Chesteen said he is planning to sponsor a Senate first grade readiness bill. He said the Alabama Literacy Act will be fully implemented this year, so he wants to make sure students have a firm foundation in reading. Among other provisions, the law will require holding back some students who are not reading on grade level by the end of the third grade.

"That's a priority with our caucus is to make sure that we can get this first grade readiness bill passed and have an assessment for those students that are going into first grade," he said.


Alabama's prisons remain plagued by overcrowding, violence and a shortage of corrections officers.

But legislators have offered next to nothing in the coming session to address the prison crisis, which has drawn a lawsuit from the U.S. Department of Justice.

"I don't have any direct knowledge of any," said Rep. Russell Bedsole, R-Alabaster, a law enforcement officer who serves on both the House Judiciary and Public Safety and Homeland Security committees. "I feel like in the last session, going back to one of the previous special sessions where we dedicated some funding for the construction of new prisons, and the governor took care of administering a pay raise for corrections officers."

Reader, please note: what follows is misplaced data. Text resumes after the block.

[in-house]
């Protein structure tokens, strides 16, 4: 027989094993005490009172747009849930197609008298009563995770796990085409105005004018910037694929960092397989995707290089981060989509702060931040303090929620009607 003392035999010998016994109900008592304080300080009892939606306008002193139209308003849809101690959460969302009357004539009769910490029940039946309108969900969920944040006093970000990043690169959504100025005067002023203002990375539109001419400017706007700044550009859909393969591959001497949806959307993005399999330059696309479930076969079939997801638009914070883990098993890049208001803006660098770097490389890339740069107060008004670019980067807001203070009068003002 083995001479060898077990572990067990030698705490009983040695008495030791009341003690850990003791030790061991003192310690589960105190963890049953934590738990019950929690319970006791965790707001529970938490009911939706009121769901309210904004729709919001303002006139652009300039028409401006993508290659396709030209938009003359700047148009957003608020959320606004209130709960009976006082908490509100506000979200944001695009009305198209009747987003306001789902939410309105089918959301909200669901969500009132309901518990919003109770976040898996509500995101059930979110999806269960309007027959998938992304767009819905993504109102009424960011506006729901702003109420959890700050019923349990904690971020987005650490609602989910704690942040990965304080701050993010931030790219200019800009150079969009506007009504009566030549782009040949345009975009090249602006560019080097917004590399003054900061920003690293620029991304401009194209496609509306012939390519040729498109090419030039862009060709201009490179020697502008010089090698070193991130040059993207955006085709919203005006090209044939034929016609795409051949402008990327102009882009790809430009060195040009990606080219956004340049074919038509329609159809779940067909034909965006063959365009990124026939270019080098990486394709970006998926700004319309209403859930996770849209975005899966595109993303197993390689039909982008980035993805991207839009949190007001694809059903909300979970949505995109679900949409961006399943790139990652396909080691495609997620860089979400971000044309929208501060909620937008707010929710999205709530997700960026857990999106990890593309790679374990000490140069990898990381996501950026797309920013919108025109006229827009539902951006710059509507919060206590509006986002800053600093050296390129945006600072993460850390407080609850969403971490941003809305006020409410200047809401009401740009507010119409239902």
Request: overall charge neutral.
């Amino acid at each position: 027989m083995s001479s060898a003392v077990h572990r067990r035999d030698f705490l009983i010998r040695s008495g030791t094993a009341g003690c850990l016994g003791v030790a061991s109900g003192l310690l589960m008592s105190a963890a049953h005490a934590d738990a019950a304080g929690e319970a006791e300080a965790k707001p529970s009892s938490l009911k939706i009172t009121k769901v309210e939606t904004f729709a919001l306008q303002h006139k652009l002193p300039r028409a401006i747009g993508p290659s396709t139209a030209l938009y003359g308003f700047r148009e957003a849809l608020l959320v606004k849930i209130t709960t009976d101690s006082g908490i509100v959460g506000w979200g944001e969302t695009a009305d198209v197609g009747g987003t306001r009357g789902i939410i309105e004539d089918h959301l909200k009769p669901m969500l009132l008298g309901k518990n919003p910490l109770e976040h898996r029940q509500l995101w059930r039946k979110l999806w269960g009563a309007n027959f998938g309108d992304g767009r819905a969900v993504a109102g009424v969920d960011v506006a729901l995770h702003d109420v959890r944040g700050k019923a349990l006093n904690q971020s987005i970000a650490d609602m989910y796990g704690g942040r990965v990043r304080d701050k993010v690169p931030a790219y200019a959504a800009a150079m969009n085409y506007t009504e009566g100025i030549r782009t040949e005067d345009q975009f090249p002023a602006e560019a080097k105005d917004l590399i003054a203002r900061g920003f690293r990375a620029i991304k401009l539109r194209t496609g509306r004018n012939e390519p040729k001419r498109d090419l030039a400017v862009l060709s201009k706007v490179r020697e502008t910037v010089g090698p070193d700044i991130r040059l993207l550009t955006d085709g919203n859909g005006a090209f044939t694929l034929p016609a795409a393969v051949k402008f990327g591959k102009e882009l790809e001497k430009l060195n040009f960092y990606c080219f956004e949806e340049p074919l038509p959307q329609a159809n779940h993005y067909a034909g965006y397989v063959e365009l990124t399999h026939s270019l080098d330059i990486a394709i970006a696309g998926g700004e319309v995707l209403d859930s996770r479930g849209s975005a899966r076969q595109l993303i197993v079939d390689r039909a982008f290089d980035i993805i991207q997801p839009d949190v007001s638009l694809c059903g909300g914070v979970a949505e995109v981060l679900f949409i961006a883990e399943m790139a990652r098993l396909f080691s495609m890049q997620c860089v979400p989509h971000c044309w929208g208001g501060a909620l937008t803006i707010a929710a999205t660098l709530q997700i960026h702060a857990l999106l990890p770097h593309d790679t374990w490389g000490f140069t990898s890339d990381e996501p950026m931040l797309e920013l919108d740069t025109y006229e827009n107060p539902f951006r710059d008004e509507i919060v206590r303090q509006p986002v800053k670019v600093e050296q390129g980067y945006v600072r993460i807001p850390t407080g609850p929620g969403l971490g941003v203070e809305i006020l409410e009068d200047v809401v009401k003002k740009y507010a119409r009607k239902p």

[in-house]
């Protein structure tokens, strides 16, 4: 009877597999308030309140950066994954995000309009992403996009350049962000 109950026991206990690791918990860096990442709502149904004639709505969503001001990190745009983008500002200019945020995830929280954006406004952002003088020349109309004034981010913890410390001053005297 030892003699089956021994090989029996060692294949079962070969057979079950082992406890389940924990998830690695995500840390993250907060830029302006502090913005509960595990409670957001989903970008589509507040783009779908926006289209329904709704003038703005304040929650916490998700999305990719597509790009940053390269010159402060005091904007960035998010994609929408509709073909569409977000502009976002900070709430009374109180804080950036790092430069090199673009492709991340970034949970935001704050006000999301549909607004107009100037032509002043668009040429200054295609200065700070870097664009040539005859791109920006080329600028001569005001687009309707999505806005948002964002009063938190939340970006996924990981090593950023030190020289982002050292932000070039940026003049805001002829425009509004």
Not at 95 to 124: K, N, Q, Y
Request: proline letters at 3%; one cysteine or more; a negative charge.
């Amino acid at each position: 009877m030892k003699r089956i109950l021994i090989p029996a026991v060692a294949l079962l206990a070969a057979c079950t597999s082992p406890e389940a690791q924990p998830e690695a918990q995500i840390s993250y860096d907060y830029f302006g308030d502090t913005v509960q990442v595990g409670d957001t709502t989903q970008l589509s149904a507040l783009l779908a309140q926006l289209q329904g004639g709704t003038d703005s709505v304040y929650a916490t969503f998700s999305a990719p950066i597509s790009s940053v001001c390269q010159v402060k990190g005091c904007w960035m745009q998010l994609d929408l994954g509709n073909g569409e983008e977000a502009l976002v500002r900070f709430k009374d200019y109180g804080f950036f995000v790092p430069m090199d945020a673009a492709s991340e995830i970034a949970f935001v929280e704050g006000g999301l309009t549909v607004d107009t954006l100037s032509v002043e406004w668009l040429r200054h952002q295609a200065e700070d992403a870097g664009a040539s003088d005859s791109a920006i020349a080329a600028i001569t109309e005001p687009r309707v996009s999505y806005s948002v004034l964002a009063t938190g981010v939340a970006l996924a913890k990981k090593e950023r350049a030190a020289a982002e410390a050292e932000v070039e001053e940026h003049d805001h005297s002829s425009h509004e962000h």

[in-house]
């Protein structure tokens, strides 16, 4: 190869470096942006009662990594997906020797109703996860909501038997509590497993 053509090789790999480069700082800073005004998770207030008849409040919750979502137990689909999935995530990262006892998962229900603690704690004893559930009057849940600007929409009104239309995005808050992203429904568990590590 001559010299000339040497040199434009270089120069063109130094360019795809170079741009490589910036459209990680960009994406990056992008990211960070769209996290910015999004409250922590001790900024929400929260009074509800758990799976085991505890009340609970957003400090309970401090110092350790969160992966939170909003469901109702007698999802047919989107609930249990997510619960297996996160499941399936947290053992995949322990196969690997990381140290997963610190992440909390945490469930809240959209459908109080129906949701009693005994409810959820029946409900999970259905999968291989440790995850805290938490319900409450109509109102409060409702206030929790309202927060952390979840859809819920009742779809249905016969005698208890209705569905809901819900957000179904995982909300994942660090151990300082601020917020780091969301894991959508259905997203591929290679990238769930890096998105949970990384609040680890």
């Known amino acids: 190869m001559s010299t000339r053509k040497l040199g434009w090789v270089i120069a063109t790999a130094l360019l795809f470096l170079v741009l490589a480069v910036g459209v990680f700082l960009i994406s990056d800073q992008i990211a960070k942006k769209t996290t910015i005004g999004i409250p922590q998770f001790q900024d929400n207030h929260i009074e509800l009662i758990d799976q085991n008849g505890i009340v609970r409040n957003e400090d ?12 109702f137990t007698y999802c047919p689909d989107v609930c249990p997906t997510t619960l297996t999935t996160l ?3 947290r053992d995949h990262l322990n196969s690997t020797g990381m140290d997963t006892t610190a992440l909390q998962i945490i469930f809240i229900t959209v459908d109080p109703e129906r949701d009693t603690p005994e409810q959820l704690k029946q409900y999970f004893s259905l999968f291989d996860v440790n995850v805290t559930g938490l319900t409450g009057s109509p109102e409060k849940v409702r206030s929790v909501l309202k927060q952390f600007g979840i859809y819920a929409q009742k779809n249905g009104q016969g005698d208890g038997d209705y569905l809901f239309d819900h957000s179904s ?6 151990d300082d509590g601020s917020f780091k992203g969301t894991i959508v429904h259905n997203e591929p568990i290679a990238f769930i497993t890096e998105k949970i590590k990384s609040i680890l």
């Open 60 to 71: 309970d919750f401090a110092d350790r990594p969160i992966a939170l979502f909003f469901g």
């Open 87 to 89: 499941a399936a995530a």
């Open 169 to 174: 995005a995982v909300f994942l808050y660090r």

Legislators have passed bills in recent years to increase pay and incentives for corrections officers in the hopes of addressing the shortage. A few legislators cited an increase in the recruitment numbers for corrections officers as progress the Alabama Department of Corrections is making to address the ongoing concerns from many in the public regarding the safety and effectiveness of the prisons.

(READ MORE: People incarcerated in Alabama's prisons face heat dangers as hot weather continues)

The Alabama Department of Corrections declined comment on their recruitment figures. The department said in a news release in January it had 66 trainees graduate from the Alabama Criminal Justice Training Center at Wallace State Community College in Selma.

According to a court document filed in January 2023, the department needs to fill more than 2,000 posts. That would bring the system to more than 3,100 full-time equivalent corrections officers.

"I do know that the Department of Corrections just entered their largest class of corrections officer trainees just this weekend of 120," said Senate Minority Leader Bobby Singleton, D-Greensboro. "While we need a whole lot more, I think we are going to see some legislation around that and around corrections."